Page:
Marija Vainilaviciute

How do you find a work-life balance?

JD: “It’s hard to switch off, even when I’m not working at my computer I’m thinking about the brand and getting inspiration from everywhere. Boundaries for me are switching off after dinner, definitely taking the weekends off unless I absolutely need to do something for a deadline. We encourage the team to do the same and on Fridays, if people feel they are no longer productive after 2:30pm we encourage them to sign off and start their weekend early so they come in feeling fresh on Monday. There’s nothing worse that counting down the clock on a Friday, and feeling like you have to stay online even if you’re not getting anything done. I’m also doing a yoga teacher training programme. I have six months to go, and that forces me to do two and a half hours of yoga every week, so it’s great to have that in my life.”

What does a typical work week look like for you?

JD: “It’s very varied. For example, today after our chat I’m giving a talk on fashion and sustainability. Sometimes I work full days in Surrey with our pattern maker to try on and test products which is always really fun. I get really involved in the marketing, I still work on all the copywriting and tone of voice for the brand which is a creative outlet for me. Other times, I have board and investor meetings or strategic finance work to do. It’s a good balance of creativity and innovation with operations.”

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What do you enjoy most about your job?

JD: “There are parts of the business that are unique to me, that only I can provide the vision or direction for. So, it’s really important I clear my time for those so we can really drive the business forward. Plus, they give me a lot of positive energy.”

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How do you come up with ideas for products?

JD: “It’s not just fashion for us, we want clothes that perform well. It’s the performance of the clothes that empower the performance of the women. Underpinning all of our designs is a beautiful aesthetic that’s elegant, but we also consider aspects like comfort, sustainability, function, versatility (can you have at least three excuses to wear it, whether that’s to work, on the weekend, to a wedding or even to the gym). Every product we design, we look at what body shapes it would suit. We go through the questioning ‘what if I had bigger a bigger bust?’ or ‘what if I was an apple shape?’ so we can make sure our products suit a range of body shapes.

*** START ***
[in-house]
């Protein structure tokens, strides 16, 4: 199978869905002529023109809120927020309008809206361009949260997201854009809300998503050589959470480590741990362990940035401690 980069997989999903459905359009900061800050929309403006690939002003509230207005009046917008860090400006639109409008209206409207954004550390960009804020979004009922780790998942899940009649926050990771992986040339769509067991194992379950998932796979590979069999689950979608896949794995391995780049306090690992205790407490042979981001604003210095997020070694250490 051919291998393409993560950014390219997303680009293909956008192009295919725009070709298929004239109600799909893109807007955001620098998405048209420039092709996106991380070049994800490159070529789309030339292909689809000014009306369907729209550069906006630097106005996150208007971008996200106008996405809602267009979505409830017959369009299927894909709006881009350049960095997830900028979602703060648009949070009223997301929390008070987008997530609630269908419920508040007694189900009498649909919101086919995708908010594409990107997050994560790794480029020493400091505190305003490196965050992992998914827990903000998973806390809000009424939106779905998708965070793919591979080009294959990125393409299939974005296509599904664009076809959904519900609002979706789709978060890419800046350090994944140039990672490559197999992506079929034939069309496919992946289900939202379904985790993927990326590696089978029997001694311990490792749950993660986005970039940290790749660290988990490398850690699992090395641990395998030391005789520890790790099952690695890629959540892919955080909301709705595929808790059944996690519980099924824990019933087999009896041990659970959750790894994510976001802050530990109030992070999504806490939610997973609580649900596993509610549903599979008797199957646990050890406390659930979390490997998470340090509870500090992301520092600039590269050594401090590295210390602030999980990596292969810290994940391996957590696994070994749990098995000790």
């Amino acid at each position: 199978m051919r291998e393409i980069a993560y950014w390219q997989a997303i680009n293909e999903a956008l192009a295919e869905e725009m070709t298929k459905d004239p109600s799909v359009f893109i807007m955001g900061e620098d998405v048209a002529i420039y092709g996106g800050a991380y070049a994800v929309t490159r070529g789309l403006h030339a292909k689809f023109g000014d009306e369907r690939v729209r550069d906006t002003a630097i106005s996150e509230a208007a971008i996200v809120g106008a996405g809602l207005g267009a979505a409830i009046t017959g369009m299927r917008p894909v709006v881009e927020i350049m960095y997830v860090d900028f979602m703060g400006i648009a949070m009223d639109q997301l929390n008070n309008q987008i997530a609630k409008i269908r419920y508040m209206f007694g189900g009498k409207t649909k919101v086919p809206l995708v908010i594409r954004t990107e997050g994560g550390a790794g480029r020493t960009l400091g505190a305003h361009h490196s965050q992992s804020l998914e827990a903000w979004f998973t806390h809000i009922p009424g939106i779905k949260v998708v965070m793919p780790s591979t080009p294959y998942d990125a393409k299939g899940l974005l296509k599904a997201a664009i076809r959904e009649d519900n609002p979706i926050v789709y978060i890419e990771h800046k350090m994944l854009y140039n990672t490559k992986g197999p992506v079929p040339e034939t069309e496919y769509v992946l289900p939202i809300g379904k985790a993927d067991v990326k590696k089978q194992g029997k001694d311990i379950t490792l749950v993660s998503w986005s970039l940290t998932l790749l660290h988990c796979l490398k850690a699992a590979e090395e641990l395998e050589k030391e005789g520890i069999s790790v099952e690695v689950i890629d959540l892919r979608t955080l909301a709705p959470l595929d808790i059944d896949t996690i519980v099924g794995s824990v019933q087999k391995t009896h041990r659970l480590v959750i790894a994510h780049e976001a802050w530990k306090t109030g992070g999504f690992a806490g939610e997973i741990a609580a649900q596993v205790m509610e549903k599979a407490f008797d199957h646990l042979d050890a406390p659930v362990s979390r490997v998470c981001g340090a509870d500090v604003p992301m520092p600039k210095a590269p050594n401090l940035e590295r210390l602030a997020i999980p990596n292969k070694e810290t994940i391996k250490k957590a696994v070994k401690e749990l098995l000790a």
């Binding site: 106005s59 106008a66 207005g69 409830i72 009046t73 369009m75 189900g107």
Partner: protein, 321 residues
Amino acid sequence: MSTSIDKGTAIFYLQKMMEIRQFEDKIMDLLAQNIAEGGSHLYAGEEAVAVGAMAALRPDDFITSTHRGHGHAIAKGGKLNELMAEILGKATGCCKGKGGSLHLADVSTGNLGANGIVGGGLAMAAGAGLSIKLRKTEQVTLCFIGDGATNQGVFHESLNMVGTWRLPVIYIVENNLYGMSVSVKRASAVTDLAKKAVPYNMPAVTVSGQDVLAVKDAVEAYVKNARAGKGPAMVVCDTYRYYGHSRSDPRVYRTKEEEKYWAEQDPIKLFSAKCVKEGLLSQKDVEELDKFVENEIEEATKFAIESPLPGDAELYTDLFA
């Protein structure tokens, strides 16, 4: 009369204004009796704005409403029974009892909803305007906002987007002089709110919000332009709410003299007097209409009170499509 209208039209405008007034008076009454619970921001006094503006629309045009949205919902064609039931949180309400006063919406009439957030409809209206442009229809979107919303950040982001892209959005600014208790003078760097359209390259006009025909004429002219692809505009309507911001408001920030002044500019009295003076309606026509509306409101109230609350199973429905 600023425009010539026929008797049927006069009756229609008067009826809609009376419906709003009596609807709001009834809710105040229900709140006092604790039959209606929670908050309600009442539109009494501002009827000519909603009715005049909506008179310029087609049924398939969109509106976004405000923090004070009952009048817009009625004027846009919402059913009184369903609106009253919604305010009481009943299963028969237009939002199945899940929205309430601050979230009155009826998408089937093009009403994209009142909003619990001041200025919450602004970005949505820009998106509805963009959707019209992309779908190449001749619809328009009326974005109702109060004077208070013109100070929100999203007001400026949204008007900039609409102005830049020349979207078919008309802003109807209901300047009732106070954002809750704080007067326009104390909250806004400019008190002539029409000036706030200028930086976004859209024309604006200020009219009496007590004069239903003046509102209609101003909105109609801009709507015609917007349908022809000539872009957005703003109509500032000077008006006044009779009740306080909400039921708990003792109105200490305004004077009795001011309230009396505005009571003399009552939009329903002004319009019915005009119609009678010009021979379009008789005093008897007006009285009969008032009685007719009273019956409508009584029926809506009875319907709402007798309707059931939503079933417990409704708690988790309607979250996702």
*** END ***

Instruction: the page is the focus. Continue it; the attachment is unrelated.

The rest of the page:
“Once we’re happy with the fit, aesthetic, sample and fabric, we go into testing with a size set. We test across the product development team, and I try them out. Recently I was testing our first skinny jeans which have been 10 months in the making. We had a few failed samples, now it finally looks good I have to make sure it performs. I went to a climbing gym to see if they really do offer the stretch that they need.”

What’s next for Dai?

JD: “We’re in the final testing stages of our new skinny jeans. When we launched Performance Denim in 2021, it was incredible. The Straight Leg Indigo was sold at 86% after the first three weeks so we quickly ordered more. There’s been a shift from skinny to straight in recent years, but I think a skinny jean will always be in, it makes woman feel good. We’re launching a curve style in our Power Move design, and petite styles in our bestselling pieces which our customers have been asking for.”

What are your top tips for budding female entrepreneurs?

JD: “Keep going. If you’re driven by a purpose and a really brilliant idea, you just need to keep going. Keep talking about it and testing it at the early stages. If you give it a try, there’s always more to gain in terms of the lessons you’ll learn. Purse your passion and purse your purpose.”